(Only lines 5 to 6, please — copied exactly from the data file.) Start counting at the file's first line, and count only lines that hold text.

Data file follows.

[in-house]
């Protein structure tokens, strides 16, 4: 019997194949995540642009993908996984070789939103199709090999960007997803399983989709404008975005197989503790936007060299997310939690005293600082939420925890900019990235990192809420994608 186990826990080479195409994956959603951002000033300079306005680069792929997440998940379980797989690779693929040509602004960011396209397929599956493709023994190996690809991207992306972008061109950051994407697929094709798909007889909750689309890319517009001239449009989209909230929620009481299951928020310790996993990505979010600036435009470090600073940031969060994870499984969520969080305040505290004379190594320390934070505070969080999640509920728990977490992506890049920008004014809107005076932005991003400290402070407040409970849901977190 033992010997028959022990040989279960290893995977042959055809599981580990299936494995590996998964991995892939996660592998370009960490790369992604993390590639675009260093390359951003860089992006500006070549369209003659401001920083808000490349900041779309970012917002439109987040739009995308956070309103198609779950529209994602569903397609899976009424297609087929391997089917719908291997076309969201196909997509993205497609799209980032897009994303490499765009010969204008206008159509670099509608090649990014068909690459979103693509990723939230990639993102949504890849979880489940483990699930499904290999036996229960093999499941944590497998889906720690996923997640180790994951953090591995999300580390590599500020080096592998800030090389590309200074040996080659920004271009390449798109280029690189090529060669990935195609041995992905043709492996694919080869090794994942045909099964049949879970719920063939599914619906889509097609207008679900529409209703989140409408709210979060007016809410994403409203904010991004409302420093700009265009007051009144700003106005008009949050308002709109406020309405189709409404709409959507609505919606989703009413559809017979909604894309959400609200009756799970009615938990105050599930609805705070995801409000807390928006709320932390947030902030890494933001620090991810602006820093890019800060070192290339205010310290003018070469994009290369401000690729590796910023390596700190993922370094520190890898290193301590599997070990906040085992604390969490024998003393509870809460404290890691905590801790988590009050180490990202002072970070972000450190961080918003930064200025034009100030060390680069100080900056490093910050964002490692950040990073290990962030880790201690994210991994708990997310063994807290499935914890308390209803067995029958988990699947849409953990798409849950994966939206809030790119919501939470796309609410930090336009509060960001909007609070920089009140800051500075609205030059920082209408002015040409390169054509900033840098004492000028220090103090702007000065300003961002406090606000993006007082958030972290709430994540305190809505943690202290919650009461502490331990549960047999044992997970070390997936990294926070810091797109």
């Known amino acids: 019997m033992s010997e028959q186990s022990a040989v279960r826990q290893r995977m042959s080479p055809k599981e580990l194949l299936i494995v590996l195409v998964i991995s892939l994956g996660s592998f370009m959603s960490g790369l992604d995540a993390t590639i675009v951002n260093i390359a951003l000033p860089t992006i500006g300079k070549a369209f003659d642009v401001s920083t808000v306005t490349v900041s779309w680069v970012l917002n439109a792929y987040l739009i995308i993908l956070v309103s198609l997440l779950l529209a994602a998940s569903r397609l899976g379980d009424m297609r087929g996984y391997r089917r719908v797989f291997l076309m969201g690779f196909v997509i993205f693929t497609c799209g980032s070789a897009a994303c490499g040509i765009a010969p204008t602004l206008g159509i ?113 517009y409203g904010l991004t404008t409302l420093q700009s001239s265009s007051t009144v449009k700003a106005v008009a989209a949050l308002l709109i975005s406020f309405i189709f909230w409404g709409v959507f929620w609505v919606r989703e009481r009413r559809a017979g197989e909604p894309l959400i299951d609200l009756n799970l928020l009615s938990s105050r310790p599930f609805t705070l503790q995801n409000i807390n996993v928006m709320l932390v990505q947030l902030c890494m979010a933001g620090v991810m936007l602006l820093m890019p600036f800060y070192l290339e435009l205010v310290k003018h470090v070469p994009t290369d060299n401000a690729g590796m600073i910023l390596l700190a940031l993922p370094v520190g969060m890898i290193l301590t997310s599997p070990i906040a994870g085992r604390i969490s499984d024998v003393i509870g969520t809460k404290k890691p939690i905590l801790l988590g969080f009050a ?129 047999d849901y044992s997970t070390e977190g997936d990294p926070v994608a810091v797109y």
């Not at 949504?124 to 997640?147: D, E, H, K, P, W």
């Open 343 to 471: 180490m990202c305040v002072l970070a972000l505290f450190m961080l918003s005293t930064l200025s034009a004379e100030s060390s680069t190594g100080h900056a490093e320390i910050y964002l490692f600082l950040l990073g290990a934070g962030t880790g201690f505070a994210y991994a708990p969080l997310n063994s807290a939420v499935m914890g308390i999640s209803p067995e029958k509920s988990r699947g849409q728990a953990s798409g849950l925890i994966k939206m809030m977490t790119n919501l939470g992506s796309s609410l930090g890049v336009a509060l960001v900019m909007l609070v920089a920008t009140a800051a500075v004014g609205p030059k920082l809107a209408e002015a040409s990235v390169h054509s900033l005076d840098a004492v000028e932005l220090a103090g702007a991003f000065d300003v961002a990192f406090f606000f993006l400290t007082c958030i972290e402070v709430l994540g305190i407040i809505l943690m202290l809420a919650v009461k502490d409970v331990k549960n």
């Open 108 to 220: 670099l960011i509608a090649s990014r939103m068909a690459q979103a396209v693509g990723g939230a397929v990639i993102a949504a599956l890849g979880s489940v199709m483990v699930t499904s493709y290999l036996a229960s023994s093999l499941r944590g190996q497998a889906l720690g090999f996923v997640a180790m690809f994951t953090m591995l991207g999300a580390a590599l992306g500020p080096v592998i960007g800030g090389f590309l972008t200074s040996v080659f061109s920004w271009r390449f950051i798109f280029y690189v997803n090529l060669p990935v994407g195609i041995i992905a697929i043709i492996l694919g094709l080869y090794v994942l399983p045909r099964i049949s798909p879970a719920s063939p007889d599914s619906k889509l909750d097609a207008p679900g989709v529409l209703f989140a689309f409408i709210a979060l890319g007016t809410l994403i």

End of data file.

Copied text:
């Open 343 to 471: 180490m990202c305040v002072l970070a972000l505290f450190m961080l918003s005293t930064l200025s034009a004379e100030s060390s680069t190594g100080h900056a490093e320390i910050y964002l490692f600082l950040l990073g290990a934070g962030t880790g201690f505070a994210y991994a708990p969080l997310n063994s807290a939420v499935m914890g308390i999640s209803p067995e029958k509920s988990r699947g849409q728990a953990s798409g849950l925890i994966k939206m809030m977490t790119n919501l939470g992506s796309s609410l930090g890049v336009a509060l960001v900019m909007l609070v920089a920008t009140a800051a500075v004014g609205p030059k920082l809107a209408e002015a040409s990235v390169h054509s900033l005076d840098a004492v000028e932005l220090a103090g702007a991003f000065d300003v961002a990192f406090f606000f993006l400290t007082c958030i972290e402070v709430l994540g305190i407040i809505l943690m202290l809420a919650v009461k502490d409970v331990k549960n």
């Open 108 to 220: 670099l960011i509608a090649s990014r939103m068909a690459q979103a396209v693509g990723g939230a397929v990639i993102a949504a599956l890849g979880s489940v199709m483990v699930t499904s493709y290999l036996a229960s023994s093999l499941r944590g190996q497998a889906l720690g090999f996923v997640a180790m690809f994951t953090m591995l991207g999300a580390a590599l992306g500020p080096v592998i960007g800030g090389f590309l972008t200074s040996v080659f061109s920004w271009r390449f950051i798109f280029y690189v997803n090529l060669p990935v994407g195609i041995i992905a697929i043709i492996l694919g094709l080869y090794v994942l399983p045909r099964i049949s798909p879970a719920s063939p007889d599914s619906k889509l909750d097609a207008p679900g989709v529409l209703f989140a689309f409408i709210a979060l890319g007016t809410l994403i």